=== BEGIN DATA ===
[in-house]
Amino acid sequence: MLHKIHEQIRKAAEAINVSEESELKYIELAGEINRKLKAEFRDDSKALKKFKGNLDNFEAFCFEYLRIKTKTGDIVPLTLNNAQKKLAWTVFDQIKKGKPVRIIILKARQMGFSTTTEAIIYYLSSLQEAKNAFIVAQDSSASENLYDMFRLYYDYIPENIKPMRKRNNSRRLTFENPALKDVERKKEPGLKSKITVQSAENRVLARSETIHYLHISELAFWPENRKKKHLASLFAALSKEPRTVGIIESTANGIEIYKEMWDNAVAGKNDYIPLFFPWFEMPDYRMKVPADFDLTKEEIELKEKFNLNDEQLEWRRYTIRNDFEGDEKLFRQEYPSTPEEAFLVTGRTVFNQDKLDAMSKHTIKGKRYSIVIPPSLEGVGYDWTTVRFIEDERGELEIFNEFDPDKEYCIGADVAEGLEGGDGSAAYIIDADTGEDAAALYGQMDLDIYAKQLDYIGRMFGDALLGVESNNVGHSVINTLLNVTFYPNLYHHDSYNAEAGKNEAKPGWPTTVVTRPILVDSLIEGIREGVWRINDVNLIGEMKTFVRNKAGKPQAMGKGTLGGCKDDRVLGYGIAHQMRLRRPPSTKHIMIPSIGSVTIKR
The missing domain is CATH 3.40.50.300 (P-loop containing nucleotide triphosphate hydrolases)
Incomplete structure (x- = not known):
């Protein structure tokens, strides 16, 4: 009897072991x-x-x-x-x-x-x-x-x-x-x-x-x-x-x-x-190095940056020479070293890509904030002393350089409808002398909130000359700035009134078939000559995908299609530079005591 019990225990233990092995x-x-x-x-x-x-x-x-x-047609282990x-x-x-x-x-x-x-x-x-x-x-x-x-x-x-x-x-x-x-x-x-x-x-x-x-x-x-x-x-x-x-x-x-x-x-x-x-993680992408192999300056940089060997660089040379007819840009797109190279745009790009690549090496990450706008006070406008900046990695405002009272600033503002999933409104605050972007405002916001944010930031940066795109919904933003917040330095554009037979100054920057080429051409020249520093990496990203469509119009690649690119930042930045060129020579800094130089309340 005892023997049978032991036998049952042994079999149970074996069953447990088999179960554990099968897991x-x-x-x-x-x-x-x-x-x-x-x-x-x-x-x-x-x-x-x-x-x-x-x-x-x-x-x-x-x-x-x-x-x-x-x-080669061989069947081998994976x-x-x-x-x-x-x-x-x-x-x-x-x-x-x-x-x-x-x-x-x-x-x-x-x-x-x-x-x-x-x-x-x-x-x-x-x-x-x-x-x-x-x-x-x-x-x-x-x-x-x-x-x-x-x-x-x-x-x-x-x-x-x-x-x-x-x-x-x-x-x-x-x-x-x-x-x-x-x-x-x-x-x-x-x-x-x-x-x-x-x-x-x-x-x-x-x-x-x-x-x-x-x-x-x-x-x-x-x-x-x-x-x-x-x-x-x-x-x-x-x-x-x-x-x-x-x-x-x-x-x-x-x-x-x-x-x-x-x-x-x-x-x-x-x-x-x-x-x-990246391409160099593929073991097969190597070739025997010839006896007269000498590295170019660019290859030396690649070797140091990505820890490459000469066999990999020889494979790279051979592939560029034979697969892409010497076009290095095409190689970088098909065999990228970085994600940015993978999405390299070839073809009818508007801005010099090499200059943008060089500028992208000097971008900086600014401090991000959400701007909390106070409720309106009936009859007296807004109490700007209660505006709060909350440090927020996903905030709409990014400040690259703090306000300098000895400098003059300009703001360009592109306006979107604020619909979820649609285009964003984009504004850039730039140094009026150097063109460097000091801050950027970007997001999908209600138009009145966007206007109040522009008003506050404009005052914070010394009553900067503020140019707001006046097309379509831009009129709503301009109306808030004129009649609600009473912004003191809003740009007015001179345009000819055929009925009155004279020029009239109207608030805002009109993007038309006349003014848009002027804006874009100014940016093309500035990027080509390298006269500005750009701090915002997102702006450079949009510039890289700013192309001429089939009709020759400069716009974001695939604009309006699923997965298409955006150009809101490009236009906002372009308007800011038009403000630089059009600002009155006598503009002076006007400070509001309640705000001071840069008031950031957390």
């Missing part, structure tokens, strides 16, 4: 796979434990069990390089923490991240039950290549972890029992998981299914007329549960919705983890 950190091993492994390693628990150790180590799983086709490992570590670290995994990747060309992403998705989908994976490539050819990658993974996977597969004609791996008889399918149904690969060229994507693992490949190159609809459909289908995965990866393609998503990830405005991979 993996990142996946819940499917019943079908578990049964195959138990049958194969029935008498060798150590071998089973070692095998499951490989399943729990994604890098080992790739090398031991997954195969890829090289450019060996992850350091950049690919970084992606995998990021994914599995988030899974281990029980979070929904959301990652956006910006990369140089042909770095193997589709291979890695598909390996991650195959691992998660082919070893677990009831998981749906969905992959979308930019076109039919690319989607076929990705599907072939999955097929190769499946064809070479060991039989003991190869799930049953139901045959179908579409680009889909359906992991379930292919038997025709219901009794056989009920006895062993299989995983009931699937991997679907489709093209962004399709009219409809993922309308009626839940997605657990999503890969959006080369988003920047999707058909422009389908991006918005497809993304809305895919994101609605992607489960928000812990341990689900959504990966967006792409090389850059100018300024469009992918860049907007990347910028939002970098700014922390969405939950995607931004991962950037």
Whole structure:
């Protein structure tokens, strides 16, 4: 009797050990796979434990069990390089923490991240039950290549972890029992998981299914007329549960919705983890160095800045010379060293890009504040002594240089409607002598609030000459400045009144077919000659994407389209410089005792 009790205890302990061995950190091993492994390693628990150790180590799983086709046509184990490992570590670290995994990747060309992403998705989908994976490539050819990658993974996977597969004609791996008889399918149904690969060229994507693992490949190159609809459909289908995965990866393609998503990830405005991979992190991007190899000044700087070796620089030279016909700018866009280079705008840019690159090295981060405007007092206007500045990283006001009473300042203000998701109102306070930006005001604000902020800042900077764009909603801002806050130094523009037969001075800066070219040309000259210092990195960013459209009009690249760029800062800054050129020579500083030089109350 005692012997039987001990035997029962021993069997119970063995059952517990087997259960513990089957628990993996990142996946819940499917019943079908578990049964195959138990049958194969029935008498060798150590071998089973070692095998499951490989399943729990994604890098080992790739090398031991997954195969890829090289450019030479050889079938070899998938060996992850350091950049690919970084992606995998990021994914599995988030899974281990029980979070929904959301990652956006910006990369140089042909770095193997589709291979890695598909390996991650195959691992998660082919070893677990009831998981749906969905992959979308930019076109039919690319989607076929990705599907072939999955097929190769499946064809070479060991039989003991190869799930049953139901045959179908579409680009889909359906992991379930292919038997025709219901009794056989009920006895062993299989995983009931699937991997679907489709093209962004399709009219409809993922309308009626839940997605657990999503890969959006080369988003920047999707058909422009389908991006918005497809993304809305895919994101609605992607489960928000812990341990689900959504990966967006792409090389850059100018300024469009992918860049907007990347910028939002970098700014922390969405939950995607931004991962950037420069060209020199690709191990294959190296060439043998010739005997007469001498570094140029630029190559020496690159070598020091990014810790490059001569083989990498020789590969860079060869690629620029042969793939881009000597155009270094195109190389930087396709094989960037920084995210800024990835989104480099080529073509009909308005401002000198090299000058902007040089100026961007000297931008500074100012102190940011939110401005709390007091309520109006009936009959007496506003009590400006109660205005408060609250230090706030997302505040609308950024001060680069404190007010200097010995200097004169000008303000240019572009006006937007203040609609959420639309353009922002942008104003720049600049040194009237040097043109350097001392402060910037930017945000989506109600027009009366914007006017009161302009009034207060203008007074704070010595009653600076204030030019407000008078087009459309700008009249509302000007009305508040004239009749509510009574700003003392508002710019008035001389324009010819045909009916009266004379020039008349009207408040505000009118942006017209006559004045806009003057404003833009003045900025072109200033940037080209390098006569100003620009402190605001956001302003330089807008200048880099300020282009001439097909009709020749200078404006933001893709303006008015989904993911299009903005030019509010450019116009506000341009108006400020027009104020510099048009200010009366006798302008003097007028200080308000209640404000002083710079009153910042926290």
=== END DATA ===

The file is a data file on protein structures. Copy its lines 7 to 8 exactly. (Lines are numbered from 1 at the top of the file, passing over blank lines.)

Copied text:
Whole structure:
């Protein structure tokens, strides 16, 4: 009797050990796979434990069990390089923490991240039950290549972890029992998981299914007329549960919705983890160095800045010379060293890009504040002594240089409607002598609030000459400045009144077919000659994407389209410089005792 009790205890302990061995950190091993492994390693628990150790180590799983086709046509184990490992570590670290995994990747060309992403998705989908994976490539050819990658993974996977597969004609791996008889399918149904690969060229994507693992490949190159609809459909289908995965990866393609998503990830405005991979992190991007190899000044700087070796620089030279016909700018866009280079705008840019690159090295981060405007007092206007500045990283006001009473300042203000998701109102306070930006005001604000902020800042900077764009909603801002806050130094523009037969001075800066070219040309000259210092990195960013459209009009690249760029800062800054050129020579500083030089109350 005692012997039987001990035997029962021993069997119970063995059952517990087997259960513990089957628990993996990142996946819940499917019943079908578990049964195959138990049958194969029935008498060798150590071998089973070692095998499951490989399943729990994604890098080992790739090398031991997954195969890829090289450019030479050889079938070899998938060996992850350091950049690919970084992606995998990021994914599995988030899974281990029980979070929904959301990652956006910006990369140089042909770095193997589709291979890695598909390996991650195959691992998660082919070893677990009831998981749906969905992959979308930019076109039919690319989607076929990705599907072939999955097929190769499946064809070479060991039989003991190869799930049953139901045959179908579409680009889909359906992991379930292919038997025709219901009794056989009920006895062993299989995983009931699937991997679907489709093209962004399709009219409809993922309308009626839940997605657990999503890969959006080369988003920047999707058909422009389908991006918005497809993304809305895919994101609605992607489960928000812990341990689900959504990966967006792409090389850059100018300024469009992918860049907007990347910028939002970098700014922390969405939950995607931004991962950037420069060209020199690709191990294959190296060439043998010739005997007469001498570094140029630029190559020496690159070598020091990014810790490059001569083989990498020789590969860079060869690629620029042969793939881009000597155009270094195109190389930087396709094989960037920084995210800024990835989104480099080529073509009909308005401002000198090299000058902007040089100026961007000297931008500074100012102190940011939110401005709390007091309520109006009936009959007496506003009590400006109660205005408060609250230090706030997302505040609308950024001060680069404190007010200097010995200097004169000008303000240019572009006006937007203040609609959420639309353009922002942008104003720049600049040194009237040097043109350097001392402060910037930017945000989506109600027009009366914007006017009161302009009034207060203008007074704070010595009653600076204030030019407000008078087009459309700008009249509302000007009305508040004239009749509510009574700003003392508002710019008035001389324009010819045909009916009266004379020039008349009207408040505000009118942006017209006559004045806009003057404003833009003045900025072109200033940037080209390098006569100003620009402190605001956001302003330089807008200048880099300020282009001439097909009709020749200078404006933001893709303006008015989904993911299009903005030019509010450019116009506000341009108006400020027009104020510099048009200010009366006798302008003097007028200080308000209640404000002083710079009153910042926290």